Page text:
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Up Your Knowledge Quotient at Seattle's Institutions of Art, Industry & Beyond



Lucky for visitors who are also keen to learn, Seattle is home to a host of curious folks who support citywide museums that cover topics from art and automobiles to music and cultures ranging from Nordic lands to those a little more local (like at the Burke Museum of History and Culture). Many of these fascinating, treasure-filled venues can be found in the bustling downtown area, while others find homes in sleepier, tree-lined zones that expose patrons to some of Seattle's beautiful outlying neighborhoods. Sometimes, the green, serene museum grounds are worth the visit alone. Most museums charge entrance fees, though many operate solely on a donations-based system. Additionally, countless venues offer several days each month when certain groups (seniors, teens, etc.) can enter and explore free of charge. Museums install permanent exhibitions that loyal patrons can visit time and again, while visiting exhibits of global acclaim often also make their way to Seattle establishments. Also of note, many Seattle museums feature cafes with impressive menus and gift shops full of their own treasures, meaning you should allow extra time to explore after wandering the cases and walls of the main attraction. If you're up for a day trip, consider also checking out museums father afield in Tacoma or other nearby locales.


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Calling all car fanatics! One of the world's largest auto museums is right in downtown Tacoma, less than an hour drive from Seattle, displaying vintage, classic and modern cars on a nine-acre campus. The four-story museum building is the centerpiece of its campus. and the museum foundation lists its mission as "a non-profit organization chartered to preserve and interpret the history and technology of the automobile and its influence on American culture." The venue sometimes hosts private events, meaning that guests get to sip cocktails amid an atmosphere oozing with innovation and indulgence. This recently-arrived museum is one of the hottest in the Pacific Northwest region.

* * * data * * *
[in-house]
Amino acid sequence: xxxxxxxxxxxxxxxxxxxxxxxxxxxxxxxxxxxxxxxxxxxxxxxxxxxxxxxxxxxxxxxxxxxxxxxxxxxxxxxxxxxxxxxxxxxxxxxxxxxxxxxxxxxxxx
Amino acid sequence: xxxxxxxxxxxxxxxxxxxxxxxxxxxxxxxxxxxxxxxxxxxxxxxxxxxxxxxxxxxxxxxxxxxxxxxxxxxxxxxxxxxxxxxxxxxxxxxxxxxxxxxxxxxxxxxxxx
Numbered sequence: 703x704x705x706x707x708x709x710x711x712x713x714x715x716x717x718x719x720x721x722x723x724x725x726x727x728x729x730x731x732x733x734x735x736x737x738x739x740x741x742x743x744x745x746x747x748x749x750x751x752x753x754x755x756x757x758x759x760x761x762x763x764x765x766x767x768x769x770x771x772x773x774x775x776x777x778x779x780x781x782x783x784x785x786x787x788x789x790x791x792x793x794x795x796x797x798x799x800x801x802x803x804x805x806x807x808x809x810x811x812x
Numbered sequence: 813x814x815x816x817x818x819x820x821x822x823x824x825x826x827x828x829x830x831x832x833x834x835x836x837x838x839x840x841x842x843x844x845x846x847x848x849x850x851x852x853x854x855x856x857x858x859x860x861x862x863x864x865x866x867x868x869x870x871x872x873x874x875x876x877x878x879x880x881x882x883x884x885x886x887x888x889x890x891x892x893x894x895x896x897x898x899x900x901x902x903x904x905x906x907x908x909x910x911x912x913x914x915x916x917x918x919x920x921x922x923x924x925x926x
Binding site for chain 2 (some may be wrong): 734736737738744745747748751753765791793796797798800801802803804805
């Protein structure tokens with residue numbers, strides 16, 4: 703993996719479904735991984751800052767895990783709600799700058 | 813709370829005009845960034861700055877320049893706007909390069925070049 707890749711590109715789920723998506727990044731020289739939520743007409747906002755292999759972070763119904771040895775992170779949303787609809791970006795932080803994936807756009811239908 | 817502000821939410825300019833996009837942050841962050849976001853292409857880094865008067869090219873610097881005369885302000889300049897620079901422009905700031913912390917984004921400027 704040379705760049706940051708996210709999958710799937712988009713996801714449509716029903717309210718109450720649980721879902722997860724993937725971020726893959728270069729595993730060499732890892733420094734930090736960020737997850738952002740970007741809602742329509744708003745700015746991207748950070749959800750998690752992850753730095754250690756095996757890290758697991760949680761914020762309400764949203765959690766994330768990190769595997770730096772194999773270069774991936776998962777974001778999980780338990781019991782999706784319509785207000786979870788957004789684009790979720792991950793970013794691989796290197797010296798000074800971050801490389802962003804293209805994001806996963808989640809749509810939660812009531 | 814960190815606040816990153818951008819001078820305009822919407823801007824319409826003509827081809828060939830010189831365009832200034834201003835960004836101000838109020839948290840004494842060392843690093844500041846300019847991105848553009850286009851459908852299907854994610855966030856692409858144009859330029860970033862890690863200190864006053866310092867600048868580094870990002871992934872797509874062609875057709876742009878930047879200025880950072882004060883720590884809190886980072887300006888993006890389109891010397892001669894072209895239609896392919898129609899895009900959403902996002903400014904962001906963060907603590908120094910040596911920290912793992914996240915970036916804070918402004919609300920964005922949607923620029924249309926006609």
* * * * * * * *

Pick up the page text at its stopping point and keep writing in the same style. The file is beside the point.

The Nordic Heritage Museum is an internationally-recognized museum dedicated to the heritage of Seattle's Nordic immigrants, Danish, Finnish, Icelandic, Norwegian and Swedish Americans. It was founded in 1980 and can be found in the Ballard neighborhood of Seattle. The museum has plenty of artifacts and genealogy-focused literature for one to trace back their Scandinavian ancestry. The Nordic Heritage Museum is located on 68th Street between 30th and 32nd Avenues NW. The museum is accessible by Metro bus for those not arriving by car. The Ballard neighborhood is also home to a couple of Nordic shops and bakeries for those who care to continue their cultural tour.


Henry Art Museum


Art comes in all shapes and sizes, and this venue will appeal to those who often least expect it. This university museum specializes in contemporary art. Permanent and temporary exhibits ensure that there's always something fascinating to peruse, and informational displays and workshops teach children and adults alike about artistic styles and techniques. Guests who want to learn more about the artwork can take a guided tour or drop in on the lectures provided. The 40,000-square-foot museum also features a 154-seat auditorium, a multi-media gallery, cafe, bookstore and sculpture court. Artists whose works are on display include Stuart Davis, James Turrell and Lionel Feininger, among many other notable talents.


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Hands-on informational and historical exhibits distinguish this museum, which appeals to aspiring pilots and to those whose feet have never left the ground. Displays in the Red Barn, where Boeing's first planes where constructed, chronicle the history of flight up to the late 1930s. In the six-story Great Gallery, more than 20 planes hang from the ceiling and cause guests to gape in amazement. Additional sights include a mock air traffic control center, an early Air Force One presidential plane, and a Blackbird, the fastest plane ever built. Furthermore, the outdoor airpark lets visitors explore some of the museum's largest planes. Other amenities include complimentary guided tours, a variety of free films, a cafe and a museum store.


Burke Museum of History and Culture